Global commission targets energy efficiency
The International Energy Agency (IEA) has formed an independent global commission to accelerate the transition to clean energy via stronger policy action. The IEA Commission for Urgent Action on Energy Efficiency will be chaired by Irish Prime Minister Leo Varadkar, supported by government ministers, business executives and international thought leaders.
New Zealand’s Energy Efficiency and Conservation Authority (EECA) has welcomed the establishment of the commission, with NZ Energy Minister Dr Megan Woods joining as a founding member.
The IEA said that energy efficiency has a central role to play in meeting global sustainable energy goals, hence the establishment of the group to prioritise global policies on energy efficiency.
The IEA estimates that with the right policies, the global economy could double in size by 2040 using broadly the same level of energy as today. The policies alone would enable the world to achieve more than 40% of the emissions cuts needed to reach international climate goals using cost-effective technologies already available. The problem is that policy implementation has slowed and efficiency progress is weakening.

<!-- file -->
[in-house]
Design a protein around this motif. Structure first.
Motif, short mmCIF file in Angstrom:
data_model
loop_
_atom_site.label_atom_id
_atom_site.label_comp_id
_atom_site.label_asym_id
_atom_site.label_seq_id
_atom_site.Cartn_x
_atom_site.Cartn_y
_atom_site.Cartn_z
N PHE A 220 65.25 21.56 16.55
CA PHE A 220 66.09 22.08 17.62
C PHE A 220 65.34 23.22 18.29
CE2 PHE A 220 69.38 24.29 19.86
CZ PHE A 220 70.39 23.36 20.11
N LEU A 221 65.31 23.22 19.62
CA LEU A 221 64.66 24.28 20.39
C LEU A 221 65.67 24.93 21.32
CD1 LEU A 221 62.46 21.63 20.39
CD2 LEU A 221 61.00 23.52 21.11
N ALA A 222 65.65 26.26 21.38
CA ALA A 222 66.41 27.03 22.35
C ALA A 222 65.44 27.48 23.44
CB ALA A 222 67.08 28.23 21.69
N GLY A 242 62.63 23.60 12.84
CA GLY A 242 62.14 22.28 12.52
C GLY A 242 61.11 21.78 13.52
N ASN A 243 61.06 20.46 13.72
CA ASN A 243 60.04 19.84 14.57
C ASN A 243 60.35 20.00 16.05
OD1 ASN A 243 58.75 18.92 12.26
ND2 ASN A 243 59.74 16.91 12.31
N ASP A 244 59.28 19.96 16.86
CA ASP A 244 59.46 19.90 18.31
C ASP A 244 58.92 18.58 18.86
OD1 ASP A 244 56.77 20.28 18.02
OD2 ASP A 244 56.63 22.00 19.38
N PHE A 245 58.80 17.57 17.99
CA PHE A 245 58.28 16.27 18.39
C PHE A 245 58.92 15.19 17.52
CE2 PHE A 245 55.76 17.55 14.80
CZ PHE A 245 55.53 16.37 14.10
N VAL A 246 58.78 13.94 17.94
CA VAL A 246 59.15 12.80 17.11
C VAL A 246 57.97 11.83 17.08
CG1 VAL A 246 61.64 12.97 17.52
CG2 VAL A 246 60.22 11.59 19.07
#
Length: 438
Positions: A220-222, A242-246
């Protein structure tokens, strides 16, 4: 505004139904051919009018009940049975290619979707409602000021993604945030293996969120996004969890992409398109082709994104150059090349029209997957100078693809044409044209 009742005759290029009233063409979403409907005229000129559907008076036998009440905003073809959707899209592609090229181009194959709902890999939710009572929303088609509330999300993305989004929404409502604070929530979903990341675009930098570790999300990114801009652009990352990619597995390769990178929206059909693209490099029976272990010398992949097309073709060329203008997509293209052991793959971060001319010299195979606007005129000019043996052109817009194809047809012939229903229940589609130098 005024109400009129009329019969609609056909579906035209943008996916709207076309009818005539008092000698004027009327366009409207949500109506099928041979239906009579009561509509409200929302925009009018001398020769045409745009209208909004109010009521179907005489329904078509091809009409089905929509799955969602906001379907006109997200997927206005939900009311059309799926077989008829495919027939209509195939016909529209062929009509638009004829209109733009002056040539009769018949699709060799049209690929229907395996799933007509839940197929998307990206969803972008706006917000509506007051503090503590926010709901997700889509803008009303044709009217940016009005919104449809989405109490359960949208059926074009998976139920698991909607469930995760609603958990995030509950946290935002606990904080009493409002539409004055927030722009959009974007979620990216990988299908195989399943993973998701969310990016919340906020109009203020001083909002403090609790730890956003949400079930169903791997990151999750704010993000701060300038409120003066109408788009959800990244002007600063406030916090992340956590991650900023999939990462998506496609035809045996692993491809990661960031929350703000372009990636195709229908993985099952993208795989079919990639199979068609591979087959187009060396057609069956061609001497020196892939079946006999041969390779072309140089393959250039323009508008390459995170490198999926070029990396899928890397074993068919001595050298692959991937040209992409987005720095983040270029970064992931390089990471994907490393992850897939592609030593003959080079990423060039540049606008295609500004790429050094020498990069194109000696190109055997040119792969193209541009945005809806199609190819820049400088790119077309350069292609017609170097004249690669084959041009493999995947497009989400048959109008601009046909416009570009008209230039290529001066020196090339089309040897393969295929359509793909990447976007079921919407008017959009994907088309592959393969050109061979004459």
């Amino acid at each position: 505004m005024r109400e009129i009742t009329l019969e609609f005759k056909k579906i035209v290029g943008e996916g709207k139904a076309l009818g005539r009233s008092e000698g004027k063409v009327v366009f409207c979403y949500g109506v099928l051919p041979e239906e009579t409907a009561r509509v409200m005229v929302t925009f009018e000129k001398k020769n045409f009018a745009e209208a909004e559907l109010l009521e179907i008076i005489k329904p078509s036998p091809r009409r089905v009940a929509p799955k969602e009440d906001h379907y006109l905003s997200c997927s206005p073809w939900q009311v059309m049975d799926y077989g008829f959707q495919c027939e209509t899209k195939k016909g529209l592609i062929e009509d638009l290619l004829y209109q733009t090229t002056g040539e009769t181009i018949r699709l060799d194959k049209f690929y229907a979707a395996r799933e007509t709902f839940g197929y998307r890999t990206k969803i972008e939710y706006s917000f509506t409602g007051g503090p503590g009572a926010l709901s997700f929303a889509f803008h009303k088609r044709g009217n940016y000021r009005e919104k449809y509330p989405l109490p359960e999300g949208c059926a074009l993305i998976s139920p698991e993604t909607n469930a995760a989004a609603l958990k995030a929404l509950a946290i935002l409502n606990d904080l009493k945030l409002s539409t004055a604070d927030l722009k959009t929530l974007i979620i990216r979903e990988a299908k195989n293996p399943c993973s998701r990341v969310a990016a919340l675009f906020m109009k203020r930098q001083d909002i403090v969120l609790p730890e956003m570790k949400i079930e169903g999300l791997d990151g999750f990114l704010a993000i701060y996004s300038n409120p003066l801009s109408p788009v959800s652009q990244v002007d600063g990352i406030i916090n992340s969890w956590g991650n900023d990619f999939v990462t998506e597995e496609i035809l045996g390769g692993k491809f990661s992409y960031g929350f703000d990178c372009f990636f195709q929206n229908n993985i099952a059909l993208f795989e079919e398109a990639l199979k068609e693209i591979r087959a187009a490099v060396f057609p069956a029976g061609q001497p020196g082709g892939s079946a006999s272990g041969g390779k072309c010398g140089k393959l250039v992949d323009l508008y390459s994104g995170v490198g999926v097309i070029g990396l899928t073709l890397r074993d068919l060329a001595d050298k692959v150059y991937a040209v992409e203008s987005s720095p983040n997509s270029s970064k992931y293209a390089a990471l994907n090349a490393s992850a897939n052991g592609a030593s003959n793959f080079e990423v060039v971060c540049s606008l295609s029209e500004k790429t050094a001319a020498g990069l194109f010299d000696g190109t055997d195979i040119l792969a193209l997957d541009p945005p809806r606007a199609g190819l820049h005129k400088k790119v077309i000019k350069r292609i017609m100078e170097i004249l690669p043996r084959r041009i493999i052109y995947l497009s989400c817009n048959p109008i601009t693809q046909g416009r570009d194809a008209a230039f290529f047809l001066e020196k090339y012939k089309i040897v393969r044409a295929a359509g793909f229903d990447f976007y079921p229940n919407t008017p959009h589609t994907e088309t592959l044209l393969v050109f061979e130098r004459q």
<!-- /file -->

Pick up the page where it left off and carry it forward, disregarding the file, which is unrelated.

IEA Executive Director Dr Faith Birol said, “It is imperative that we get global energy efficiency progress back on track.”
EECA Chief Executive Andrew Caseley said EECA analysis showed that widespread uptake of energy efficiency measures could have a big impact on the electricity system, freeing up capacity for electrification of transport and process heat, and cost savings for households.
“Proven technologies like LEDs, efficient heat pumps for water and space heating, and efficient motors can all make a massive difference in our energy use,” said Caseley.
“New Zealand’s electricity grid is already powered by an 80–85% renewable energy system. Energy efficiency could play a big role in getting that higher and increasing capacity in the system.
“It’s only a matter of time before we need more electricity for charging electric vehicles as they become more widespread, and many industrial boilers using oil and gas are replaced by electric boilers. Getting clever about our energy use through efficiency will be key to ensuring we’re as low-emissions as possible,” he said.
The new energy efficiency panel will focus on key policy actions that can be taken by all countries. A concise list of clear, actionable recommendations is set to be produced next year.
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